This week we had an invite to visit Dean City Farm just South of Wimbledon. I was slightly uncertain whether it would hold enough interest for my 8 yr old. However my friend knows me well. ‘ They also have a community garden’ she says dangling a large carrot before me and knowing that I am never one to miss the chance to visit a garden.
The Farm is situated on land owned by the National Trust’s Morden Hall Park, but you enter the farm through a light industrial site. It certainly is in an urban setting. However this is just one side of the farm. The other boundaries are the River Wandle (this is the river that gives Wandsworth its name) and the tram line which runs between Wimbledon and Croydon. This tramline is a real added bonus for children as the trams are frequent, a bit of a novelty in this part of London and great for spotting.
Morden Hall Park
Our day started with a quick foray into Morden Hall Park. What a delight – a wander along the river Wandle, a foot crossing over the tramline and you then find yourself in a wetland environment with bull rushes and reeds. The Park also has a woodland play area and I’m assured by one of my companions that the rose garden has the most perfect stream for a hot summer’s day paddle. The children loved the woodland play area and all the bridges in the Park . It was poo sticks galore. There was even one little chappy with a huge supply of sticks on a bridge merrily handing them out to any passing child. The wetland area the paths were flat and easy for every child to run around and trace arrows and names in the sandy soil.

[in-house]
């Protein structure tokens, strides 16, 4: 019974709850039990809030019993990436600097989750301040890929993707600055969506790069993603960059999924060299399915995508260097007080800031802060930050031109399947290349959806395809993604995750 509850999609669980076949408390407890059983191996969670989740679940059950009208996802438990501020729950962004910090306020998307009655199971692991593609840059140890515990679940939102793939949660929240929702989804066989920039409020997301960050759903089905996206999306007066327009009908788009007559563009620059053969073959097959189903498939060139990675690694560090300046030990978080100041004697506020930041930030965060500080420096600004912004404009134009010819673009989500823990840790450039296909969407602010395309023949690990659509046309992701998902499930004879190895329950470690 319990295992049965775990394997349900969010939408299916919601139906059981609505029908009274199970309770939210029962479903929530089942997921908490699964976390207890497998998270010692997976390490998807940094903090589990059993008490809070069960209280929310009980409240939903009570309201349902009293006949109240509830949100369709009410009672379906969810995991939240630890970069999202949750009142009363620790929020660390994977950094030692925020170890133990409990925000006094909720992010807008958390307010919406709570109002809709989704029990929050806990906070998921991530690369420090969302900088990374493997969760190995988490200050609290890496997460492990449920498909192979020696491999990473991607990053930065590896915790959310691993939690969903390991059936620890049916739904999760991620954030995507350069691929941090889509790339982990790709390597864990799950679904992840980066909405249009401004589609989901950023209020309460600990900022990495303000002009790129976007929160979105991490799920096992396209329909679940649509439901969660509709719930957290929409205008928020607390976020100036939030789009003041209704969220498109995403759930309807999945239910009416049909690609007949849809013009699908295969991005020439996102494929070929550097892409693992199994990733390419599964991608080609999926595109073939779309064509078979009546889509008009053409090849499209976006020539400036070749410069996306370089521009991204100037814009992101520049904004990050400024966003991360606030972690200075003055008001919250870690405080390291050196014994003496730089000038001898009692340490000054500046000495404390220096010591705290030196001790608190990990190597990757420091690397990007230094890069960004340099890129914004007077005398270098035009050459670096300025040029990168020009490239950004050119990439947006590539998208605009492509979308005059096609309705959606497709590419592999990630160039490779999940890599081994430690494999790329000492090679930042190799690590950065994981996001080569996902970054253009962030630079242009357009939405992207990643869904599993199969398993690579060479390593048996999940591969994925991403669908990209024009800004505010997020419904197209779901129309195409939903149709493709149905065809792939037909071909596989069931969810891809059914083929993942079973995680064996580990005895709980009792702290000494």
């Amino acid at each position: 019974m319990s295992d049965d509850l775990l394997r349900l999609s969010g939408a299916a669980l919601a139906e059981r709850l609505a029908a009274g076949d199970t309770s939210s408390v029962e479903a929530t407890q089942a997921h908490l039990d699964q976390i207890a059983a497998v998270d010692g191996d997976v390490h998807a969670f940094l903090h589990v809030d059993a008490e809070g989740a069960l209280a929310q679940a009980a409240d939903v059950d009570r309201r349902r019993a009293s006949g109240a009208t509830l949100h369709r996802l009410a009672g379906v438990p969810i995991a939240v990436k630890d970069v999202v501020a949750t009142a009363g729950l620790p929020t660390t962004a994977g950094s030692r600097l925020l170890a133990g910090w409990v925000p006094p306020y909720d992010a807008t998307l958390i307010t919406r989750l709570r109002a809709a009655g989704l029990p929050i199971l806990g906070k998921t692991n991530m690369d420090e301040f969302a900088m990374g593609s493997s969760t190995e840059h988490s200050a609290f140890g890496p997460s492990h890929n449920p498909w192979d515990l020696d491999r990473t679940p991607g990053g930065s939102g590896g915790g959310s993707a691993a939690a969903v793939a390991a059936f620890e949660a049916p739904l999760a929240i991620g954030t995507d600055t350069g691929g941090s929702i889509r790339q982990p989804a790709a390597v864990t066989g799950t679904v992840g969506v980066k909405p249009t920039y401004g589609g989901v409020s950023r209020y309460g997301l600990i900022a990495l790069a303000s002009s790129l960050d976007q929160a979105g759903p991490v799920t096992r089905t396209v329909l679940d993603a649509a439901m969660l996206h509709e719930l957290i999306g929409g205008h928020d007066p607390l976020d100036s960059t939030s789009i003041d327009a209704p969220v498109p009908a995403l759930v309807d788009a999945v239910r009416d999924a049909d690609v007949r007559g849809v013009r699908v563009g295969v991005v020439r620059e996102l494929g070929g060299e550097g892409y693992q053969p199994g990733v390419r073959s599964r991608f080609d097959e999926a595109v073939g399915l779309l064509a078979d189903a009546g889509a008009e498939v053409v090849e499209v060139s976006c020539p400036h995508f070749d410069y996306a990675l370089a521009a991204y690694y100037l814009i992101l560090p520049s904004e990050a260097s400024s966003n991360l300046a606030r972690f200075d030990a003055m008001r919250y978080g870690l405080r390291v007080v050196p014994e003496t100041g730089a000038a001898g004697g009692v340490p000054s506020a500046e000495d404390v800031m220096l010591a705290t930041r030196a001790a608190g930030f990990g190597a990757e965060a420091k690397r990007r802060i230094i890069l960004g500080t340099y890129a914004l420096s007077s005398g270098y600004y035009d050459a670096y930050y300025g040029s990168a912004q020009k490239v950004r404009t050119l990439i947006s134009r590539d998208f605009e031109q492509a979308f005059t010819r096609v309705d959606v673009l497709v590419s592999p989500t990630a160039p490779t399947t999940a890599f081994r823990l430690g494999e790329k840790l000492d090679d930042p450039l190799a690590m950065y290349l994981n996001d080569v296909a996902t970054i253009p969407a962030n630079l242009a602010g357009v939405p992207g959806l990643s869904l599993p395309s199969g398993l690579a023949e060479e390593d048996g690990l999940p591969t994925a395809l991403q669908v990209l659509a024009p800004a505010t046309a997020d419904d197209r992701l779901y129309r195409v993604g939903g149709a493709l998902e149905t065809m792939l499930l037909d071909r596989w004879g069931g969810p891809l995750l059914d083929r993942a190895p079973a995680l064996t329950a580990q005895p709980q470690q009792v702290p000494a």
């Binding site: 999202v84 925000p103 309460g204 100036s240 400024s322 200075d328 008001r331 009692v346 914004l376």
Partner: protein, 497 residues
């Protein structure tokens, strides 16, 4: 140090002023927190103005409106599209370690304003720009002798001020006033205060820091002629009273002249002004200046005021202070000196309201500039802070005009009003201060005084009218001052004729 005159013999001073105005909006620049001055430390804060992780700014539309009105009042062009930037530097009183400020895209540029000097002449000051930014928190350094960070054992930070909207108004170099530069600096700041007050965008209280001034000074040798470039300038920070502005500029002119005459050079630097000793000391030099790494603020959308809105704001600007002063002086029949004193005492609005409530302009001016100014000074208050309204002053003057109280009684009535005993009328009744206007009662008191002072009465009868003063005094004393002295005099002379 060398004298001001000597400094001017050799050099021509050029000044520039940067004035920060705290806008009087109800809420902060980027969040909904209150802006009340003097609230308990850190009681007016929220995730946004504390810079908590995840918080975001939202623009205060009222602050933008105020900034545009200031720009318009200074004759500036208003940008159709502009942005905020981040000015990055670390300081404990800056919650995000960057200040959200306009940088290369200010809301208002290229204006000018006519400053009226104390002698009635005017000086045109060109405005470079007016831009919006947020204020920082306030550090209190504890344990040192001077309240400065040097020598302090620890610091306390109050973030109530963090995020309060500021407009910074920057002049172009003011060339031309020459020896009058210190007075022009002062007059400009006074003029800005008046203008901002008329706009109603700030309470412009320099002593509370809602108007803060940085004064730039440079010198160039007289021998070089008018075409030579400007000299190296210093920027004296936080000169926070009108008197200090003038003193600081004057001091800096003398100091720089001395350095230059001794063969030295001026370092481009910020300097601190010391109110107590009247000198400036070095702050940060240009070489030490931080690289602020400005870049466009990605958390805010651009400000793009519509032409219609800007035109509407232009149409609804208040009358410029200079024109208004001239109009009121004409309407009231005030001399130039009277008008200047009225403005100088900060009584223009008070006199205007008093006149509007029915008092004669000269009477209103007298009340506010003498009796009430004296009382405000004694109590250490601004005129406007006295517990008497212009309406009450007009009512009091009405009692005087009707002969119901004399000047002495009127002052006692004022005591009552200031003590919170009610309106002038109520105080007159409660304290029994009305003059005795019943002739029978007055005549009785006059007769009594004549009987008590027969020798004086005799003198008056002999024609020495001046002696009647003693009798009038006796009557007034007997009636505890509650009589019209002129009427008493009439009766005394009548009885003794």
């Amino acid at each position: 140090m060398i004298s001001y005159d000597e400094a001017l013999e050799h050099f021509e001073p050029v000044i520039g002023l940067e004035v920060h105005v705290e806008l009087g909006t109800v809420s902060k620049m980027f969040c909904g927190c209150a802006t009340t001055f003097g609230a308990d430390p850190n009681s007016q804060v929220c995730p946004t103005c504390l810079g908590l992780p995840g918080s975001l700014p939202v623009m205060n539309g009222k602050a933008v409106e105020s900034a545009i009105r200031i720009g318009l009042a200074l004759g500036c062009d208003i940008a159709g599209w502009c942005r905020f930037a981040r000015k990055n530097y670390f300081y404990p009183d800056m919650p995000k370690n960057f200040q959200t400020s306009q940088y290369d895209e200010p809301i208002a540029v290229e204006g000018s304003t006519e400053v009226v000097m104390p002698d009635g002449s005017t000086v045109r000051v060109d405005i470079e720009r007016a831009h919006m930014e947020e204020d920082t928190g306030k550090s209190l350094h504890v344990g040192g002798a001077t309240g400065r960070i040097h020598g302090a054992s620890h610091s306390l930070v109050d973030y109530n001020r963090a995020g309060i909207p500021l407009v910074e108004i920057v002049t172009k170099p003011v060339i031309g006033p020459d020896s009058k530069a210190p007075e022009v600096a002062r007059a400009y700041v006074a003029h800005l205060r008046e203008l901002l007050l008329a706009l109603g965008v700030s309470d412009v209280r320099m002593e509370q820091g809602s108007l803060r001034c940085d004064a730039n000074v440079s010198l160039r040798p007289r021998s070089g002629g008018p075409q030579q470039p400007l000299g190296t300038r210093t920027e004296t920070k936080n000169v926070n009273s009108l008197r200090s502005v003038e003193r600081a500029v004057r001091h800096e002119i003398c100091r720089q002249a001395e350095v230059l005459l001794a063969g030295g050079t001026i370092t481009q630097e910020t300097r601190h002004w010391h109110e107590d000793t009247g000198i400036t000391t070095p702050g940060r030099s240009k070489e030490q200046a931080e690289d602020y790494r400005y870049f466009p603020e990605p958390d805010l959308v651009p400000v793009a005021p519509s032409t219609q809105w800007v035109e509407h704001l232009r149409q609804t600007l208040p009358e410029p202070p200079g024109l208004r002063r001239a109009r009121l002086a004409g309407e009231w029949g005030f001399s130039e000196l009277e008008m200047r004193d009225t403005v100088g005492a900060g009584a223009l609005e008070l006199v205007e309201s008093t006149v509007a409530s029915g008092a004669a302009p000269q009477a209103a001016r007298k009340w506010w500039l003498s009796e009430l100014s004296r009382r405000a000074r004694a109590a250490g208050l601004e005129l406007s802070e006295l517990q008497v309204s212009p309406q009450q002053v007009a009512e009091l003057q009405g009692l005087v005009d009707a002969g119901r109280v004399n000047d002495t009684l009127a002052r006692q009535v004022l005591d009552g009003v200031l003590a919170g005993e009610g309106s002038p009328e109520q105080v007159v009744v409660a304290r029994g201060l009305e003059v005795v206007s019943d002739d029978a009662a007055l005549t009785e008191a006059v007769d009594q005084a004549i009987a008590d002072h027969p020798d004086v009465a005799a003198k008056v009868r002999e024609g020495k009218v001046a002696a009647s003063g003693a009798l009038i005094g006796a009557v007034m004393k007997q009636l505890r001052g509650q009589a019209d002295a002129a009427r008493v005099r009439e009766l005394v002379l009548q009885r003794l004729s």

Dean City Farm
The Farm has beautiful chickens, the woolliest sheep you have ever seen and an eclectic selection of other animals. My son’s favourites were the ferrets! It has a riding school within it and children can also become a farmer for a day or a week – real country kids. We learnt from one of them that why one of the goats had had its horns cut to stop it curling around and cutting into its skin. I also learnt a use for those grapes that seem to discolour so quickly. They are a favourite with ducks, as are tomatoes and lettuce. White bread apparently does them no good what so ever.
I have saved the best to last as we visited the community garden at the end of our visit. The farm was very busy on this very sunny February half term day. For some reason though most visitors passed by the garden and there was an immediate feeling of tranquillity upon entering. The children loved it. It seemed to have all the elements to make it really child friendly. Pathways to run around, raised beds to make access to beds easy, a tree to climb, a pond and places to sit and hide. For the wildlife there were log piles and bee hotels.
Lots of the plants were labelled and many were beginning to peep through the ground. It was clear that many herbs and bee friendly plants were being grown. I loved the willow spyglass. The ‘prayer’ flags also seemed to work perfectly in the urban setting. There was a large vegetable bed and all raised beds for veg growing. It all served to show what can be achieved in a relatively small space of ground.
This garden had clearly been designed and evolved with a great deal of care and attention. The Farm is a touch of the countryside within the city and within that there is this little oasis of a garden, well worth a visit even if you do not have children with you.